So when we see our children and teens making decisions that seem totally void of thought or reason, there are actual biological reasons this may occur. The main reason prudence is a struggle for all of us is our sin nature. Sin infects all that we do. We don’t automatically choose to define what is right and wrong based on God’s definitions of right and wrong, but based on what is best for “me.” Sin takes our focus and attention away from God, the source of all things good, and turns it on ourselves.

As parents, we need the love of Christ to combat both the biological and the spiritual roadblocks to prudence. We need to show Christ’s love and grace as our children learn prudence and we need His love in our own hearts to lead them into the realm of good decision making. Here are four keys to help develop godly prudence in your children.

  1. Demonstrate prudence for your children.
  2. Affirm your children when they make good decisions.
  3. When they make poor decisions, help your children think through other options they had and see how the consequences could have been different.
  4. Above all, train your children to seek what is right in the character and nature of Christ as He is revealed in Scripture.

Parenting Points Head Shot Drew Phillips_Byline pic

-Drew Phillips, Chaplain 

Covenant Classical Schools & Daycare

To learn more about Covenant Classical Schools visit

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Mission Makers

GriefShare Offers Hopegrief-share-logo

If you’ve lost a spouse, parent, child, or family member, you’ve probably found there are not many people who understand the deep hurt you feel. This can be a confusing time when you feel isolated and have many questions about things you’ve never before faced.

For almost 25 years, GriefShare has been providing a friendly, caring group of people to walk alongside those who are grieving. GriefShare is a Christ centered ministry and a product of The Church Initiative, Inc. in Wake Forest, N.C. It is one of the most widely acclaimed and highly successful grief recovery programs of its kind and has support groups in our area, including Hoover and Trussville. Trained facilitators, who have experienced this kind of grief themselves, guide participants and provide tools and resources necessary to move forward. Pete Jackson is a local GriefShare leader and facilitator who lost his wife of 34 years due to a sudden and massive hemorrhagic stroke and went through the program himself. “Although all of us at some time or another will face this difficult situation, we are never fully prepared. Losing my wife was similar to a 9/11 experience. Something you never get over completely, changing your life from that point forward, but you learn to live with,” says Jackson adding, “You simply adjust to what we call ‘the new normal’. That’s what GriefShare can do for those suffering from such a loss and it will be done in a safe, secure, loving and confidential environment with a group of others that have experienced similar loses.” Jackson is the group facilitator for GriefShare meetings at Faith Presbyterian Church on Valleydale Road. See Support Groups on page 28 for more details about this GriefShare group and others in the Birmingham area.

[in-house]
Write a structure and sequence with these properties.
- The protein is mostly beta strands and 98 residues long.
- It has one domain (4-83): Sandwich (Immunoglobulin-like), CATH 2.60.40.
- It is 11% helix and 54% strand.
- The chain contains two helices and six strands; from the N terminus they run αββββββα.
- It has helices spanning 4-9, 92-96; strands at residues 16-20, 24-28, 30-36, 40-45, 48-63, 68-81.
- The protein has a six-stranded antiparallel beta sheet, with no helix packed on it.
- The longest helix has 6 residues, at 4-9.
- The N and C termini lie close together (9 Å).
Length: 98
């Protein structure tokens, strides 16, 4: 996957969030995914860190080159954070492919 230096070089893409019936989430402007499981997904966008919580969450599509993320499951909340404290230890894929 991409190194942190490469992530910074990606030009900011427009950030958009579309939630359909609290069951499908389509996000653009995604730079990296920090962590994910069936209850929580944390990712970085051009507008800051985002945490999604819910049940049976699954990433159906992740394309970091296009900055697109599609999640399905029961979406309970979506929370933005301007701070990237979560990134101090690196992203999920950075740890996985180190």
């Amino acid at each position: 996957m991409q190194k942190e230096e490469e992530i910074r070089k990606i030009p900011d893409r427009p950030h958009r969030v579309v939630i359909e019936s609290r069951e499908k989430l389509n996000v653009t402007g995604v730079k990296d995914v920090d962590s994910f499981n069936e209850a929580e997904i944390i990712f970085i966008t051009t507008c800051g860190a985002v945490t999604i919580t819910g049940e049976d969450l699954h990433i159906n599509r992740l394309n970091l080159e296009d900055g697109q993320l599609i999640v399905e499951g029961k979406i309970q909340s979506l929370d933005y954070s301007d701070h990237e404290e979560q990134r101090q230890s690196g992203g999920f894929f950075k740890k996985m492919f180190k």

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Best Books

The Bible Tells Me SoWhy Defending Scripture Had Made Us Unable to Read It

Best Books Peter Enns Cover Art Bible Tells Me So Feb 16 BCF

This month’s recommendation is for those who are brave. If you are afraid to read anything which may call into question your established beliefs about the Bible, or if you’re of the opinion that all Christians must share the same perspective (yours) regarding the inspiration of the Scriptures, then I’d advise you to think twice before engaging in this selection. On the other hand, if you’re one of those “love wins,” God is nice, inclusive, progressive types, then reading The Bible Tells Me So (HarperOne, $15.99) should be the next thing you purchase. You will want to own this, share it with your friends, and extol its virtues on sundry forms of social media.